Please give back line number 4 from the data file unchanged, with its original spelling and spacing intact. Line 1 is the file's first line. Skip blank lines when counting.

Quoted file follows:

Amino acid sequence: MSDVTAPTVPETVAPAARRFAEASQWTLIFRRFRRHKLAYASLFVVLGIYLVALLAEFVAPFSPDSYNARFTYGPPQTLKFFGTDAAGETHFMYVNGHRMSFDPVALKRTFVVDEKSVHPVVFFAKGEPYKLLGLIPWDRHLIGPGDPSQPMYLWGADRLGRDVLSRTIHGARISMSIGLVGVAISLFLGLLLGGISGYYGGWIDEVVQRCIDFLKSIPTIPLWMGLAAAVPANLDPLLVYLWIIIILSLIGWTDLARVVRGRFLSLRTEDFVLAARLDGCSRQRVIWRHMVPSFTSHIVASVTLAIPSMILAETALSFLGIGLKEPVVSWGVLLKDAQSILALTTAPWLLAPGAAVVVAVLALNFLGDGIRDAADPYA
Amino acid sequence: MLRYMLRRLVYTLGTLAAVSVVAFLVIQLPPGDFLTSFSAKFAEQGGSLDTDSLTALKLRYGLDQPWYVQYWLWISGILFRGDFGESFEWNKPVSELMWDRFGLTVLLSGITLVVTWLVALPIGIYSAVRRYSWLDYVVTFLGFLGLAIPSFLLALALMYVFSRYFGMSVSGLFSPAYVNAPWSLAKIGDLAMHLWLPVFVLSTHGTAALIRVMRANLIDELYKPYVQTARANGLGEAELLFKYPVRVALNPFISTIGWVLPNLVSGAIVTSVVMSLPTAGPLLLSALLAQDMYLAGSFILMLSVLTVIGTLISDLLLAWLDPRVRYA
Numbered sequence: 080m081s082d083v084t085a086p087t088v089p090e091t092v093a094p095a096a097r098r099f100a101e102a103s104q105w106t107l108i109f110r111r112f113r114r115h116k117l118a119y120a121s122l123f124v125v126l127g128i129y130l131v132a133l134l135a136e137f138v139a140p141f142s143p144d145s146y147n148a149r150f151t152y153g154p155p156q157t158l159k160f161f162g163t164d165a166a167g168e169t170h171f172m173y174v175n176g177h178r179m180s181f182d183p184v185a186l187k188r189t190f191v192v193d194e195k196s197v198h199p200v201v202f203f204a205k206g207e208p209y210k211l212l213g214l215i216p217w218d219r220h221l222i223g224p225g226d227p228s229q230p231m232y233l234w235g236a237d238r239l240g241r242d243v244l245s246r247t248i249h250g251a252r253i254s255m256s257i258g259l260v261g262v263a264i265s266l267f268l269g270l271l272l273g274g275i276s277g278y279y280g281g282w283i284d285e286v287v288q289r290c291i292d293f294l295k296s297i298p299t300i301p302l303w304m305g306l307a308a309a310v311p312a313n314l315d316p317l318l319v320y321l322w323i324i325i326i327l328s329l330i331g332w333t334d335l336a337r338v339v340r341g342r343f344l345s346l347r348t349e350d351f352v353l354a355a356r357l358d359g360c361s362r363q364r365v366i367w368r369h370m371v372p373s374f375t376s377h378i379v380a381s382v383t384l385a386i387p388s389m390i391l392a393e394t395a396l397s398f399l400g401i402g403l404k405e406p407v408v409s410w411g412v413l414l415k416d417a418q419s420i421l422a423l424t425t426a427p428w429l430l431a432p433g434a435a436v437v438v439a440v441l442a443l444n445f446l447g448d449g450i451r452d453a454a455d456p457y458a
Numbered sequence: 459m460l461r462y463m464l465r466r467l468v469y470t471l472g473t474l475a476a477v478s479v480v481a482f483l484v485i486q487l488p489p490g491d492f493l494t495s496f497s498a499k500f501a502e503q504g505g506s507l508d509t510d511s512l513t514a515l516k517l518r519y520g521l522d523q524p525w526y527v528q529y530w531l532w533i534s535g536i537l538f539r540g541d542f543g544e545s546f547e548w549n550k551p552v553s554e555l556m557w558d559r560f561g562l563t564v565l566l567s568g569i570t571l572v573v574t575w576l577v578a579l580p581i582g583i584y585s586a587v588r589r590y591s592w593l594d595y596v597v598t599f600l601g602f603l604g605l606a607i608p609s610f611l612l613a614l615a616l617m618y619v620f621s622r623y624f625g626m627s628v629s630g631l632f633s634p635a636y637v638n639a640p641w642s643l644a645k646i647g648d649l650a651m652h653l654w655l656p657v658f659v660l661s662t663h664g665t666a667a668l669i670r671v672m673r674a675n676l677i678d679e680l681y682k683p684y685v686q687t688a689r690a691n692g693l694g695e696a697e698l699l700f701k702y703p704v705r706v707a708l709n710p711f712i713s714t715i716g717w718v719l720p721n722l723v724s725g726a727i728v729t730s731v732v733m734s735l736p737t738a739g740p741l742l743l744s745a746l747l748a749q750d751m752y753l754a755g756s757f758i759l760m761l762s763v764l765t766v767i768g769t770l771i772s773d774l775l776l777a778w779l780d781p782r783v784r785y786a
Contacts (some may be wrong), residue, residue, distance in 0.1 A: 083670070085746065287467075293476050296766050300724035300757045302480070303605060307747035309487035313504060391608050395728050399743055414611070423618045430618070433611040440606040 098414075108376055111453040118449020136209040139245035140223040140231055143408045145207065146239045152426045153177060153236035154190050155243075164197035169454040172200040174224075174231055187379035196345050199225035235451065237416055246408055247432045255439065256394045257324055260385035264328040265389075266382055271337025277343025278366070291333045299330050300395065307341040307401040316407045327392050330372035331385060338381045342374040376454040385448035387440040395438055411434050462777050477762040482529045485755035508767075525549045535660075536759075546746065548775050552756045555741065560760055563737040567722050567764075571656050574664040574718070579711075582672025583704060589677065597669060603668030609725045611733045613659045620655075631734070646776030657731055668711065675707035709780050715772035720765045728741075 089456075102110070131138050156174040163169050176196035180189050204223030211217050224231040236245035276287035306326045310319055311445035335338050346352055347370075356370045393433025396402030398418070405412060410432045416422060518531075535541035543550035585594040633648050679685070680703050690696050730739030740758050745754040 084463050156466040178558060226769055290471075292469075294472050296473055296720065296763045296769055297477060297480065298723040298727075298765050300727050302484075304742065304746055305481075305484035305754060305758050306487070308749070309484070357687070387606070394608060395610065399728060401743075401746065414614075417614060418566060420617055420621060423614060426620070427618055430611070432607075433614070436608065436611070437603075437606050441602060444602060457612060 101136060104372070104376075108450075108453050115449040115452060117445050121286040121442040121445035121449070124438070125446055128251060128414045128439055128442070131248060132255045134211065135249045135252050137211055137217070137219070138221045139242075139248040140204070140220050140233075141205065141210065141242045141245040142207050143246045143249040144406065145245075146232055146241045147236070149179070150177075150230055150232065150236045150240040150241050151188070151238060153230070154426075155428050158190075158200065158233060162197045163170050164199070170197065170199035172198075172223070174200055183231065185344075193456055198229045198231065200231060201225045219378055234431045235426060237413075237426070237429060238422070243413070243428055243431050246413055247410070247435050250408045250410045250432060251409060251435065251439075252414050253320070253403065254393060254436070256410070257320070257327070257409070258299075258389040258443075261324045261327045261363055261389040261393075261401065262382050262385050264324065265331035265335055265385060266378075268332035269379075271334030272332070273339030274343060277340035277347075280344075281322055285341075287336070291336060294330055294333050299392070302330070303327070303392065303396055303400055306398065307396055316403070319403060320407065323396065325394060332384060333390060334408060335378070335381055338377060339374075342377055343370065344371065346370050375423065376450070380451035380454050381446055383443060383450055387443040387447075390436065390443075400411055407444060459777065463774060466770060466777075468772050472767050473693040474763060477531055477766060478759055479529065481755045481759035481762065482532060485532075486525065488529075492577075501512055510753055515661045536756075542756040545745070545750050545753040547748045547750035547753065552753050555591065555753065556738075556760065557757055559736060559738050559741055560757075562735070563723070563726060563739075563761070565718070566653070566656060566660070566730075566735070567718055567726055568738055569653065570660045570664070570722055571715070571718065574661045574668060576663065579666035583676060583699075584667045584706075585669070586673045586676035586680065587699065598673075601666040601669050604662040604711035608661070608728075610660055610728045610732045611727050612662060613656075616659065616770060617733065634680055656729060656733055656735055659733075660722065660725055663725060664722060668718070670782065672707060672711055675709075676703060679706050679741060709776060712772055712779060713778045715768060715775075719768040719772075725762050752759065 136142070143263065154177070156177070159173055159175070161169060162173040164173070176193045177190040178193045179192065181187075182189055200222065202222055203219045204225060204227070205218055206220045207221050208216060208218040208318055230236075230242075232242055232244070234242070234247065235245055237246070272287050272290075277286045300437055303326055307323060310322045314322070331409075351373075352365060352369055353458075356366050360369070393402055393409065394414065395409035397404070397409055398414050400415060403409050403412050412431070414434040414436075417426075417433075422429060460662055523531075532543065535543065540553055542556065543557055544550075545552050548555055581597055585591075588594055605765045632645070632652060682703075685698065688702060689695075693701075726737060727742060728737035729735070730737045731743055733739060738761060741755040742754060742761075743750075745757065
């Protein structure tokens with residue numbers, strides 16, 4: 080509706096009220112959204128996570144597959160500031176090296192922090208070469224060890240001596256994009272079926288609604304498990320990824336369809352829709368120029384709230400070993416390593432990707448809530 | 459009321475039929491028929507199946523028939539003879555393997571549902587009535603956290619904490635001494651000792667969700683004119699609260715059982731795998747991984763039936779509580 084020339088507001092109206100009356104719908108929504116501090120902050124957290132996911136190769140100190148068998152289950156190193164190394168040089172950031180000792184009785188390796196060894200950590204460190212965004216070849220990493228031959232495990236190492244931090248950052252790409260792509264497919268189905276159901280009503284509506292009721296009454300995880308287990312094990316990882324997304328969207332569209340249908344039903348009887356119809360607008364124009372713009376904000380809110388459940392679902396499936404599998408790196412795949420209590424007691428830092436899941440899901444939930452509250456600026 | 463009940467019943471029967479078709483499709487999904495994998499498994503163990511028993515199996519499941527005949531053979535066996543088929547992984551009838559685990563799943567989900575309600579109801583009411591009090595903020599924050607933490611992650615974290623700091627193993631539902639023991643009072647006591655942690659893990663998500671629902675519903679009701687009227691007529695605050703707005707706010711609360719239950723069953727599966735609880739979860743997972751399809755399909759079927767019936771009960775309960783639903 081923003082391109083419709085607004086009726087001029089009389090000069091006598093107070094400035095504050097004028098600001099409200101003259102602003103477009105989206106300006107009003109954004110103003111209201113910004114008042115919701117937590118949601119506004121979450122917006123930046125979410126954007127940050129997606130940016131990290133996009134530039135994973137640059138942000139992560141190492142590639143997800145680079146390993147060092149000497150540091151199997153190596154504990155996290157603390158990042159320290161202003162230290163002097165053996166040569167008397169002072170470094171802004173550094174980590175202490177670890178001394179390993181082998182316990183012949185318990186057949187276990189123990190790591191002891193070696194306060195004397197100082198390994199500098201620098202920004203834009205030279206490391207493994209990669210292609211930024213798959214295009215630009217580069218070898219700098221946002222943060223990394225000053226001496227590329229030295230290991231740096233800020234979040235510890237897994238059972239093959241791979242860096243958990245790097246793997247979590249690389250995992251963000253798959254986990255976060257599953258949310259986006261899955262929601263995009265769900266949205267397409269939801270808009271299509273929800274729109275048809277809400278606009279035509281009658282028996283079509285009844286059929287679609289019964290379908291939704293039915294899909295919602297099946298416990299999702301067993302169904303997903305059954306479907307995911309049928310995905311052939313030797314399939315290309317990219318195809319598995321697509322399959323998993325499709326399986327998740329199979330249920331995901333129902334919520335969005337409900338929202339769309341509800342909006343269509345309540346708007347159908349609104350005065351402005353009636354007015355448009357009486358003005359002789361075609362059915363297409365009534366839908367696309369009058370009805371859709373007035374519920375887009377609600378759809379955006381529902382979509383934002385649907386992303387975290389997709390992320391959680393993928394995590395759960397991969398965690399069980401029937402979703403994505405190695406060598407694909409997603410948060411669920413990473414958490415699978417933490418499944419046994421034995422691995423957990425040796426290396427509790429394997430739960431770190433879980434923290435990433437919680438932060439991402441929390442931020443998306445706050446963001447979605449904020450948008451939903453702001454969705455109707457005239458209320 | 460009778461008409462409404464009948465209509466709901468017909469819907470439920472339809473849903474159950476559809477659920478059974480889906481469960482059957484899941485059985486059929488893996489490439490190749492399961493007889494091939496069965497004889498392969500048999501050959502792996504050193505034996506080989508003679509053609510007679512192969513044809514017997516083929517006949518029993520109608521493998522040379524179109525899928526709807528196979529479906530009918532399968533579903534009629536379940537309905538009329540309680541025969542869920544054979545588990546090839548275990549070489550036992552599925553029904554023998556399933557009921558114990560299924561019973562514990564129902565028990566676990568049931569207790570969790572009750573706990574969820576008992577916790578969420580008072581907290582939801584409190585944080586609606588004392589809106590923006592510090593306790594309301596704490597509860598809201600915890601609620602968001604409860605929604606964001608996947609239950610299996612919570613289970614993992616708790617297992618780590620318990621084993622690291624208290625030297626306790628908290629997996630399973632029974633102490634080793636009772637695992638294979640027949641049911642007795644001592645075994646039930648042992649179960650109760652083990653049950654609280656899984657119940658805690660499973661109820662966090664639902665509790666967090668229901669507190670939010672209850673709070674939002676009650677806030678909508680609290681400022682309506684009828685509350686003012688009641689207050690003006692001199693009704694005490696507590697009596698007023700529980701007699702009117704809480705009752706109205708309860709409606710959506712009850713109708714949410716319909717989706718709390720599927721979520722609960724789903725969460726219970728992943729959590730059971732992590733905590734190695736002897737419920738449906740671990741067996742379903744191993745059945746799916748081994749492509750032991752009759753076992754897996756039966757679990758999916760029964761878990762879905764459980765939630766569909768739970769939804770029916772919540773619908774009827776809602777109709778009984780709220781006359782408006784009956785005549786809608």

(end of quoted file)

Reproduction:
Numbered sequence: 459m460l461r462y463m464l465r466r467l468v469y470t471l472g473t474l475a476a477v478s479v480v481a482f483l484v485i486q487l488p489p490g491d492f493l494t495s496f497s498a499k500f501a502e503q504g505g506s507l508d509t510d511s512l513t514a515l516k517l518r519y520g521l522d523q524p525w526y527v528q529y530w531l532w533i534s535g536i537l538f539r540g541d542f543g544e545s546f547e548w549n550k551p552v553s554e555l556m557w558d559r560f561g562l563t564v565l566l567s568g569i570t571l572v573v574t575w576l577v578a579l580p581i582g583i584y585s586a587v588r589r590y591s592w593l594d595y596v597v598t599f600l601g602f603l604g605l606a607i608p609s610f611l612l613a614l615a616l617m618y619v620f621s622r623y624f625g626m627s628v629s630g631l632f633s634p635a636y637v638n639a640p641w642s643l644a645k646i647g648d649l650a651m652h653l654w655l656p657v658f659v660l661s662t663h664g665t666a667a668l669i670r671v672m673r674a675n676l677i678d679e680l681y682k683p684y685v686q687t688a689r690a691n692g693l694g695e696a697e698l699l700f701k702y703p704v705r706v707a708l709n710p711f712i713s714t715i716g717w718v719l720p721n722l723v724s725g726a727i728v729t730s731v732v733m734s735l736p737t738a739g740p741l742l743l744s745a746l747l748a749q750d751m752y753l754a755g756s757f758i759l760m761l762s763v764l765t766v767i768g769t770l771i772s773d774l775l776l777a778w779l780d781p782r783v784r785y786a